The All-Star Game is pointless. It's not only worthless, it's actually detrimental, in my opinion. I detailed it in a column a few years ago, but essentially:
• Putting the fate of the classification of "All-Star" (that once carried such importance and pride with it) in the hands of people voting 35 times apiece with each of their email addresses leads to the game being a popularity contest instead of an acknowledgement of accomplishment. Carlos Gomez and Jean Segura totally deserved to be there. Others, not so much.
• Having the game in the middle of the season is flawed, as the All-Star classification stays with a player, even after his average dips below .250 come September. By this logic, John Buck arguably deserved to be an All-Star this season.
• Between increased worries about pitch counts, innings limits and injury concerns (mixed with players opting not to go) and Last Chance polls, more players than ever are appearing in the mid-summer classic. Everyone is an All-Star, which makes a contest once populated with only the best the game had to offer into a pedestrian affair.
• Fans shouldn't want players on their favorite team to become All-Stars because earning an All-Star nod can (AND IS) used by agents in contract negotiations. Fans who are voting in droves to see their favorite players represent their team in the ASG are unwittingly making that player more expensive to re-sign and risking his departure once his deal is up.
While most of you were watching the All-Star Game, I was getting shithoused on a blanket at a public park and watching weirdo stoners hulu hoop while Painted Caves played nearby. I regret nothing. Spring Break 4 Evaaaaaaa!!!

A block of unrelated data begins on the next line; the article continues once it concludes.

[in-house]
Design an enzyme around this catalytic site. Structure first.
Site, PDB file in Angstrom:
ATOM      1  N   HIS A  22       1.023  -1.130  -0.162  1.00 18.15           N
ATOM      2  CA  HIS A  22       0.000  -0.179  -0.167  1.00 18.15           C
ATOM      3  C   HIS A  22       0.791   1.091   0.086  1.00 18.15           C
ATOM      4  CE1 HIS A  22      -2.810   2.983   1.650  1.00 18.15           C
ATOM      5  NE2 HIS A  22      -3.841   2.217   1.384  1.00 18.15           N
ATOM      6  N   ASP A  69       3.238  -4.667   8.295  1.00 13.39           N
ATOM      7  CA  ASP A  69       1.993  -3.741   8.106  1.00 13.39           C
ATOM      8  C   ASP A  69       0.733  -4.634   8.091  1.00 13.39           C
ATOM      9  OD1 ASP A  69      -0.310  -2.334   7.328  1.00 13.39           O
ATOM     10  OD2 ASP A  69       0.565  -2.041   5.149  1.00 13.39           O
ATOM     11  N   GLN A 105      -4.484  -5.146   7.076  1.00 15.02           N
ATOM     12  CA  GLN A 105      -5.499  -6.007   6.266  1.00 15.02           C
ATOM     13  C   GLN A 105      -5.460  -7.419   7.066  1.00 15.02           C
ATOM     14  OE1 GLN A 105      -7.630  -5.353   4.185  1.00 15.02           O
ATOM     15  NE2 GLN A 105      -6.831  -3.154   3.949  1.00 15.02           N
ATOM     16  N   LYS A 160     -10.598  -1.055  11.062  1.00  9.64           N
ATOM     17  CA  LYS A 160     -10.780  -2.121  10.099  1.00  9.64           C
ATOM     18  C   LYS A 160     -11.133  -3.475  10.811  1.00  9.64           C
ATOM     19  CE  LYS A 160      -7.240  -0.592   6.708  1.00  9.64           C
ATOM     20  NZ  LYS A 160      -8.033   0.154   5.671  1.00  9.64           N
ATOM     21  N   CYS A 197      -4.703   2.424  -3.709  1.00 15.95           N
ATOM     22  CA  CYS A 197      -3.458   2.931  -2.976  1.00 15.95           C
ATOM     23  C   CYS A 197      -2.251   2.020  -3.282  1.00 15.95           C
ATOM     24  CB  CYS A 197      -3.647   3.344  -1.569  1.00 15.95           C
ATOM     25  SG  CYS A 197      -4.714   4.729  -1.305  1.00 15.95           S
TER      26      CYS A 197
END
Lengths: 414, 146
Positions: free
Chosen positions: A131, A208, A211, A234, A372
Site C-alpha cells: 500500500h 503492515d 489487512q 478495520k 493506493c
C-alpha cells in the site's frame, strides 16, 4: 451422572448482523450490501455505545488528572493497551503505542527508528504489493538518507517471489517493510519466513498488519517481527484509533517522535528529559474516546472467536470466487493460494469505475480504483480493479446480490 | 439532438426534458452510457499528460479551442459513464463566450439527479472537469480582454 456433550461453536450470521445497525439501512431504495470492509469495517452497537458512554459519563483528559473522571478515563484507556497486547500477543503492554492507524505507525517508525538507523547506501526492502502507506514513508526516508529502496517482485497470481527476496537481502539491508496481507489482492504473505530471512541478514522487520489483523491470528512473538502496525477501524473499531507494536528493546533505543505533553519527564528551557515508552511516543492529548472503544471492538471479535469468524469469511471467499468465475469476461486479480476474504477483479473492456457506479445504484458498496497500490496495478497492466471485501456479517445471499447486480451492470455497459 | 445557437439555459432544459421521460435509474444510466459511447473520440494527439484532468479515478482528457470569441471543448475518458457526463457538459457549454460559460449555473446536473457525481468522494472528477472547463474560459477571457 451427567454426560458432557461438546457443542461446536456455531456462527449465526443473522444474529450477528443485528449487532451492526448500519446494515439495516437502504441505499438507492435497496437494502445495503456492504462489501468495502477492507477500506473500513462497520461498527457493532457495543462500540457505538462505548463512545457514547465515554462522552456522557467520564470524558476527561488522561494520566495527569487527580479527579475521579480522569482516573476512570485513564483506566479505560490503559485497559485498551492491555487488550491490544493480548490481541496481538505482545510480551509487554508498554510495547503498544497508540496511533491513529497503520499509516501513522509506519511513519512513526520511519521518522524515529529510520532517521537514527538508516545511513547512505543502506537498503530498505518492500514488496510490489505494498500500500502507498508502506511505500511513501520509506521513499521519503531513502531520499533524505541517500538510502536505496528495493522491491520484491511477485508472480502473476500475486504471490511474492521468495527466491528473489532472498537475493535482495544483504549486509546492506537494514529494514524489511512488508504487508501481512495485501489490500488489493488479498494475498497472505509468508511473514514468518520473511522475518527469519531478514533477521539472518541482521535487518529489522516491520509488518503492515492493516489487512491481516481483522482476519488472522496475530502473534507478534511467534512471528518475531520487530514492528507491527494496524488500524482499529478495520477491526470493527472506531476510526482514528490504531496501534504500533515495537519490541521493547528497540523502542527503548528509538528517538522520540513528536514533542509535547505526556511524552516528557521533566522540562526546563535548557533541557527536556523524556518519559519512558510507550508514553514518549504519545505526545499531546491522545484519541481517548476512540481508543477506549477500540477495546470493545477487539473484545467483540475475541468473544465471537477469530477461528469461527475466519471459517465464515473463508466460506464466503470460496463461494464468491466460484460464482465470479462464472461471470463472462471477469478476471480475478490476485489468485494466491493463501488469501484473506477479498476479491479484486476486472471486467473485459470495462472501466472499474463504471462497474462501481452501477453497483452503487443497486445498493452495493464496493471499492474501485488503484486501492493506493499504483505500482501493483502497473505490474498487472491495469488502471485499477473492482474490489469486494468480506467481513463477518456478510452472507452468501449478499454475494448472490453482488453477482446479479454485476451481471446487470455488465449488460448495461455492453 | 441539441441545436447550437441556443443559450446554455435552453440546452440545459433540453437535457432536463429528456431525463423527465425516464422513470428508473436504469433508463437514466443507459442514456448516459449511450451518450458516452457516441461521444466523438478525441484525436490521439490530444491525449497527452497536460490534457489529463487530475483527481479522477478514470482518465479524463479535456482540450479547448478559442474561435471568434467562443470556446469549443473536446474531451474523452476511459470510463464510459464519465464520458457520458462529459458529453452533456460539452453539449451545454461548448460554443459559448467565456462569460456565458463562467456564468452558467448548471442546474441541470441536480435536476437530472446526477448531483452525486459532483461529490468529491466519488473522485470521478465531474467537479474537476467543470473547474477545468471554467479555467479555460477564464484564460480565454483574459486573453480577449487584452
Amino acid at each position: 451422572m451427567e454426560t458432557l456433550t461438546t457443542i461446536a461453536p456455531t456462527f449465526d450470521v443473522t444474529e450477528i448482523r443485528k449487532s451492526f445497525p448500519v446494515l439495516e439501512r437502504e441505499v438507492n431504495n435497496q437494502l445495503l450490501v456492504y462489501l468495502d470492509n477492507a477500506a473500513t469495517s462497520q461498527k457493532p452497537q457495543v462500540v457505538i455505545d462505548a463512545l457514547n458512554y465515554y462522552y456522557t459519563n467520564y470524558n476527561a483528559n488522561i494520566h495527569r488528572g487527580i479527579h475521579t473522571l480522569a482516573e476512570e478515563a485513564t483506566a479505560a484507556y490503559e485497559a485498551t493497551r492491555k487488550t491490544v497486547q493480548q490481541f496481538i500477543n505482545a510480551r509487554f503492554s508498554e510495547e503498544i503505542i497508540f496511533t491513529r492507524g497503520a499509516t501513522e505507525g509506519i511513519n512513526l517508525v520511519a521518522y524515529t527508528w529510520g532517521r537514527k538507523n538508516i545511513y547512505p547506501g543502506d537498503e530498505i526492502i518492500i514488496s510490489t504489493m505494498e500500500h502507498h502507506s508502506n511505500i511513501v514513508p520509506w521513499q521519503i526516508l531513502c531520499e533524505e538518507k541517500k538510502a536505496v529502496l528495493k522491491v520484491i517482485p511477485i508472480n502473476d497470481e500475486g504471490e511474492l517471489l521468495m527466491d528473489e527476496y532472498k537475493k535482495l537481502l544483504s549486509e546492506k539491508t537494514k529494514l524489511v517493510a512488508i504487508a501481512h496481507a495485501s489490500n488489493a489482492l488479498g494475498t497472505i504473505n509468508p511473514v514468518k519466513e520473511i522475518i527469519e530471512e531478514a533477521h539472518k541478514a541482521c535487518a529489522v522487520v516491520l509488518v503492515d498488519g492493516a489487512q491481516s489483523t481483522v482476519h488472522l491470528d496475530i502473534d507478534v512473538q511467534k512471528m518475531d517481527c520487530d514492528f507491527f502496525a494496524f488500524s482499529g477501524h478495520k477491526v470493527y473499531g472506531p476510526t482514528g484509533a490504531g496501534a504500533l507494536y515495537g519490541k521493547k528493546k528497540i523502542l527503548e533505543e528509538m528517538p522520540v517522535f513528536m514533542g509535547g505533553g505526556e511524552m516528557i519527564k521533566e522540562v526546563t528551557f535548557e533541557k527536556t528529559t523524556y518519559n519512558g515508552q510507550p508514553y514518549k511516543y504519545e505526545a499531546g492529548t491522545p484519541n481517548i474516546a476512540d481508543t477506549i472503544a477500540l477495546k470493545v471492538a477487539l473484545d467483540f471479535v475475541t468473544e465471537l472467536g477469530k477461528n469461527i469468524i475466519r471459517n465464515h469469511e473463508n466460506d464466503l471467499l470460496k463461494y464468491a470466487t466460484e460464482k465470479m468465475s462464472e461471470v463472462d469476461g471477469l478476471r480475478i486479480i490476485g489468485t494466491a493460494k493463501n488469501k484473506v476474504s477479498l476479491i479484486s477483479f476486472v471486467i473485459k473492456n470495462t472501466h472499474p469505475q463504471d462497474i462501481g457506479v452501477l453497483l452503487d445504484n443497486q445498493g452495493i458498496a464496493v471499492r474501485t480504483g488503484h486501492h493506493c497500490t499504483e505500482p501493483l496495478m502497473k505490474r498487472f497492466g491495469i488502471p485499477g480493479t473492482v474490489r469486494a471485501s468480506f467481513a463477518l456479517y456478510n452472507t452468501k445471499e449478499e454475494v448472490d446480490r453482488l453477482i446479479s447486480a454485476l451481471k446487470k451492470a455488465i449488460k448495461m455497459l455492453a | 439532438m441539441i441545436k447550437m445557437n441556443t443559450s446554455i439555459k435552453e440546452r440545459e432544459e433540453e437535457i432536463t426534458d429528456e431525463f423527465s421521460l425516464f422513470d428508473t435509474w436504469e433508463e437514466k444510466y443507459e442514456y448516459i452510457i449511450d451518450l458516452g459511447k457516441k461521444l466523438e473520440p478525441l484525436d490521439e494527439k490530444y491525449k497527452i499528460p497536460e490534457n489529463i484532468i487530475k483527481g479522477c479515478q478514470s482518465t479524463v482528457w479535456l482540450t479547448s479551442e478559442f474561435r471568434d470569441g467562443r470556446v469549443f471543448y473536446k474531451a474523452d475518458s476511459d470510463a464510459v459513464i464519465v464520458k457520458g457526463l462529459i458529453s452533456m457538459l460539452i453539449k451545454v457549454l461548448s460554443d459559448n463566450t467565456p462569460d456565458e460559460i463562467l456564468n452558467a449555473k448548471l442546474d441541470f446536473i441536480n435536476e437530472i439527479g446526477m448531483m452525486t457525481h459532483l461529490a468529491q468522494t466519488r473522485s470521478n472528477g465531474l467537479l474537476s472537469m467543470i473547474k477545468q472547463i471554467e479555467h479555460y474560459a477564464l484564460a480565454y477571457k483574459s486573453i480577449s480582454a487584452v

It's been awhile since I stole the Best and Worst gimmick from someone else (since the good times in fact,) but I felt this particular season was in more need of it than any before. After all, what season could be in need of some positivity more than this one? Put it this way, I debated with myself all morning on whether or not it should be called 'the Worst and Worst.' It's been that kind of season. So, without much further adieu let's get into this thing.
BEST: Jean Segura and Carlos Gomez
That's it. That's all the bests I have.
Okay, maybe not, but that is certainly how this season has felt at times. Nothing has really been great and these two have provided somewhere between 94 and 98 percent of all 2013 positive Brewers memories and I feel like that is a low estimate. They've been just plain fun to watch which is kind of funny because they play exactly the kind of baseball that the manager we don't care for loves to play. That's not to say that their style of baseball is wr0ng or that Roenicke's strategy is right, but these two have proven themselves time and again to be the exceptions that prove the rule. While simultaneously proving that they, as players, rule.
Jean Segura is young and probably not this good with his high BABIP and all, but he has made that Greinke trade look like an absolute steal (even while Johnny Hellweg gives up a homerun on eight out of every ten pitches thrown) and shortstop looks solidified for some time to come. He probably won't be an All-Star again, but he won't be Yuniesky Betancourt ever so he's basically the greatest shortstop in Brewers history. (White guys not included.)
Gomez on the other hand... actually, let's do this right. Read the rest of this entry »